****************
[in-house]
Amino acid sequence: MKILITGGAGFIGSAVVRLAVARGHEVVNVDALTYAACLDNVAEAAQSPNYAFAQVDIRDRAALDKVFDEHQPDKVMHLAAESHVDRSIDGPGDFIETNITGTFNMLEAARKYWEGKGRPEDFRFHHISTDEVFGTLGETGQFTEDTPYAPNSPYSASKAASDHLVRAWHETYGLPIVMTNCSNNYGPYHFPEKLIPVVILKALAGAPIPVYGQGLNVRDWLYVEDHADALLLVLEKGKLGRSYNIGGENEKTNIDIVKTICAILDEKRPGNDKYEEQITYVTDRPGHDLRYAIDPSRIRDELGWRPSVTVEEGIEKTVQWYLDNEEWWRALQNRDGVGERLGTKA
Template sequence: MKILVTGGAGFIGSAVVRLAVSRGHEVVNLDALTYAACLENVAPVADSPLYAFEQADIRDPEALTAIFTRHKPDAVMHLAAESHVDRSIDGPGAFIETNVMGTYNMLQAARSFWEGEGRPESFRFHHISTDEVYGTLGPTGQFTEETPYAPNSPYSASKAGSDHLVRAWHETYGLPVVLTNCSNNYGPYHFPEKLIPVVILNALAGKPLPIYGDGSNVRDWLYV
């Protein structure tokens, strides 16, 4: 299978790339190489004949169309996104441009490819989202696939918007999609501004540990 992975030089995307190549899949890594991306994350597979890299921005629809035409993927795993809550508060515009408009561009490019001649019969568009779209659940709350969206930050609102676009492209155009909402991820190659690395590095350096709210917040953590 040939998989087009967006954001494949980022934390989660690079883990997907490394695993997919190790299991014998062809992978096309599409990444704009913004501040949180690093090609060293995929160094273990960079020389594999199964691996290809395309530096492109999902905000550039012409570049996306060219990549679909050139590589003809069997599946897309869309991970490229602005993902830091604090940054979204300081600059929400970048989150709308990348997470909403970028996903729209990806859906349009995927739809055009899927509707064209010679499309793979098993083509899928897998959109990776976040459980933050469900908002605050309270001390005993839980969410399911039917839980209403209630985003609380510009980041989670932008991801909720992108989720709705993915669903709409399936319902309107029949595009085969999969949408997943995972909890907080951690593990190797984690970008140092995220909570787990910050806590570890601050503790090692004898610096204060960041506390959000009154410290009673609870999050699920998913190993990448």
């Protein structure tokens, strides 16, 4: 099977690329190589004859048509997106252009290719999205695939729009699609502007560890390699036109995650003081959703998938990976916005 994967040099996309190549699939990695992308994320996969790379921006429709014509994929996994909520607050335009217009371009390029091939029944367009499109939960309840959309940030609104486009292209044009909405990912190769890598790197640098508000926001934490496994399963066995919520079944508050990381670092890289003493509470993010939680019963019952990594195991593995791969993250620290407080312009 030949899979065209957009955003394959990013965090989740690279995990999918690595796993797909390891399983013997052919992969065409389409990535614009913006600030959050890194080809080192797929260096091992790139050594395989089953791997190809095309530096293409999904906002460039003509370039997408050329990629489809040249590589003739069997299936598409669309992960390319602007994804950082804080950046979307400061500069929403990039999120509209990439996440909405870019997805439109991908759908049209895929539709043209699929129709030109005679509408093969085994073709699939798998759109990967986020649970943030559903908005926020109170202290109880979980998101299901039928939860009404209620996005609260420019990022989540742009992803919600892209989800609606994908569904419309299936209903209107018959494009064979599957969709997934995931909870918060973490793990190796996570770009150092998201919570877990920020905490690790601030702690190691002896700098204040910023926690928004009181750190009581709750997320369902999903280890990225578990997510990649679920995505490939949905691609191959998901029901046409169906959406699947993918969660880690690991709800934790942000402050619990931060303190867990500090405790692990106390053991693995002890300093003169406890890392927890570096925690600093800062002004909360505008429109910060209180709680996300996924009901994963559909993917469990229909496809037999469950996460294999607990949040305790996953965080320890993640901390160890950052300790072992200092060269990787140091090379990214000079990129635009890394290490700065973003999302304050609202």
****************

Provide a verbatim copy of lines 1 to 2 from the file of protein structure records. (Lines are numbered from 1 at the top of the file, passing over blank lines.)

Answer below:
[in-house]
Amino acid sequence: MKILITGGAGFIGSAVVRLAVARGHEVVNVDALTYAACLDNVAEAAQSPNYAFAQVDIRDRAALDKVFDEHQPDKVMHLAAESHVDRSIDGPGDFIETNITGTFNMLEAARKYWEGKGRPEDFRFHHISTDEVFGTLGETGQFTEDTPYAPNSPYSASKAASDHLVRAWHETYGLPIVMTNCSNNYGPYHFPEKLIPVVILKALAGAPIPVYGQGLNVRDWLYVEDHADALLLVLEKGKLGRSYNIGGENEKTNIDIVKTICAILDEKRPGNDKYEEQITYVTDRPGHDLRYAIDPSRIRDELGWRPSVTVEEGIEKTVQWYLDNEEWWRALQNRDGVGERLGTKA